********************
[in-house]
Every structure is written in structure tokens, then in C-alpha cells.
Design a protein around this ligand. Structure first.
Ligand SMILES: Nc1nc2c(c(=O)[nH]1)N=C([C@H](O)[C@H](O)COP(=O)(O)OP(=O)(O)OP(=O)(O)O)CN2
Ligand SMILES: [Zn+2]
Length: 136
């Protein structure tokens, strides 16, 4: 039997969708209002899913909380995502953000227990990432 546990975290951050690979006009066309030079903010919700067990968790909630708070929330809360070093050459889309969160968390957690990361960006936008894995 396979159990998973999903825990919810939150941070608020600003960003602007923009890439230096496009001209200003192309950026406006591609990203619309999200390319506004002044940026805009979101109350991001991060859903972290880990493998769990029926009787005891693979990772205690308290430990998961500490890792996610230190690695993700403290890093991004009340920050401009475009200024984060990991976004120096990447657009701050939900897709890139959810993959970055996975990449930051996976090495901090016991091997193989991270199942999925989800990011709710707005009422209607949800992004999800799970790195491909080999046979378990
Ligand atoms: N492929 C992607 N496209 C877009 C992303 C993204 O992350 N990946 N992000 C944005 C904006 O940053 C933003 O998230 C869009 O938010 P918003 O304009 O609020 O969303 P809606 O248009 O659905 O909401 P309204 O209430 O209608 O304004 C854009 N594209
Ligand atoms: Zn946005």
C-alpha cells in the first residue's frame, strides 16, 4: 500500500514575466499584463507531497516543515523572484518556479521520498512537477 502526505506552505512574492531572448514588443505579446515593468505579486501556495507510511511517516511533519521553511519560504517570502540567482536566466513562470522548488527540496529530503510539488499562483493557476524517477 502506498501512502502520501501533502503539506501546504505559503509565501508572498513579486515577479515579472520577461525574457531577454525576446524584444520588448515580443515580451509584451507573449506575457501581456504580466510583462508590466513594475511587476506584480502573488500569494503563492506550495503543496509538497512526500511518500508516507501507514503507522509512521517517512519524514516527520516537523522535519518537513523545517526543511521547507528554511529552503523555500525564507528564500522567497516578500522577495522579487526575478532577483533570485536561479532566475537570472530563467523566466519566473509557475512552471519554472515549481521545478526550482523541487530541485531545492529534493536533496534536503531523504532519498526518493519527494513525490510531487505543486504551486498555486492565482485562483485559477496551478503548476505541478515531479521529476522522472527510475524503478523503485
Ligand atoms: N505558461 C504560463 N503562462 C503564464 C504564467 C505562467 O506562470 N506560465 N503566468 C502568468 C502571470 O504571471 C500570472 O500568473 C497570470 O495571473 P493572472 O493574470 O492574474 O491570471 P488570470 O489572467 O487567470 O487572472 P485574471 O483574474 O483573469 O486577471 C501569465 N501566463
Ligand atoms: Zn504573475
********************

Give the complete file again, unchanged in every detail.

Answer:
[in-house]
Every structure is written in structure tokens, then in C-alpha cells.
Design a protein around this ligand. Structure first.
Ligand SMILES: Nc1nc2c(c(=O)[nH]1)N=C([C@H](O)[C@H](O)COP(=O)(O)OP(=O)(O)OP(=O)(O)O)CN2
Ligand SMILES: [Zn+2]
Length: 136
């Protein structure tokens, strides 16, 4: 039997969708209002899913909380995502953000227990990432 546990975290951050690979006009066309030079903010919700067990968790909630708070929330809360070093050459889309969160968390957690990361960006936008894995 396979159990998973999903825990919810939150941070608020600003960003602007923009890439230096496009001209200003192309950026406006591609990203619309999200390319506004002044940026805009979101109350991001991060859903972290880990493998769990029926009787005891693979990772205690308290430990998961500490890792996610230190690695993700403290890093991004009340920050401009475009200024984060990991976004120096990447657009701050939900897709890139959810993959970055996975990449930051996976090495901090016991091997193989991270199942999925989800990011709710707005009422209607949800992004999800799970790195491909080999046979378990
Ligand atoms: N492929 C992607 N496209 C877009 C992303 C993204 O992350 N990946 N992000 C944005 C904006 O940053 C933003 O998230 C869009 O938010 P918003 O304009 O609020 O969303 P809606 O248009 O659905 O909401 P309204 O209430 O209608 O304004 C854009 N594209
Ligand atoms: Zn946005």
C-alpha cells in the first residue's frame, strides 16, 4: 500500500514575466499584463507531497516543515523572484518556479521520498512537477 502526505506552505512574492531572448514588443505579446515593468505579486501556495507510511511517516511533519521553511519560504517570502540567482536566466513562470522548488527540496529530503510539488499562483493557476524517477 502506498501512502502520501501533502503539506501546504505559503509565501508572498513579486515577479515579472520577461525574457531577454525576446524584444520588448515580443515580451509584451507573449506575457501581456504580466510583462508590466513594475511587476506584480502573488500569494503563492506550495503543496509538497512526500511518500508516507501507514503507522509512521517517512519524514516527520516537523522535519518537513523545517526543511521547507528554511529552503523555500525564507528564500522567497516578500522577495522579487526575478532577483533570485536561479532566475537570472530563467523566466519566473509557475512552471519554472515549481521545478526550482523541487530541485531545492529534493536533496534536503531523504532519498526518493519527494513525490510531487505543486504551486498555486492565482485562483485559477496551478503548476505541478515531479521529476522522472527510475524503478523503485
Ligand atoms: N505558461 C504560463 N503562462 C503564464 C504564467 C505562467 O506562470 N506560465 N503566468 C502568468 C502571470 O504571471 C500570472 O500568473 C497570470 O495571473 P493572472 O493574470 O492574474 O491570471 P488570470 O489572467 O487567470 O487572472 P485574471 O483574474 O483573469 O486577471 C501569465 N501566463
Ligand atoms: Zn504573475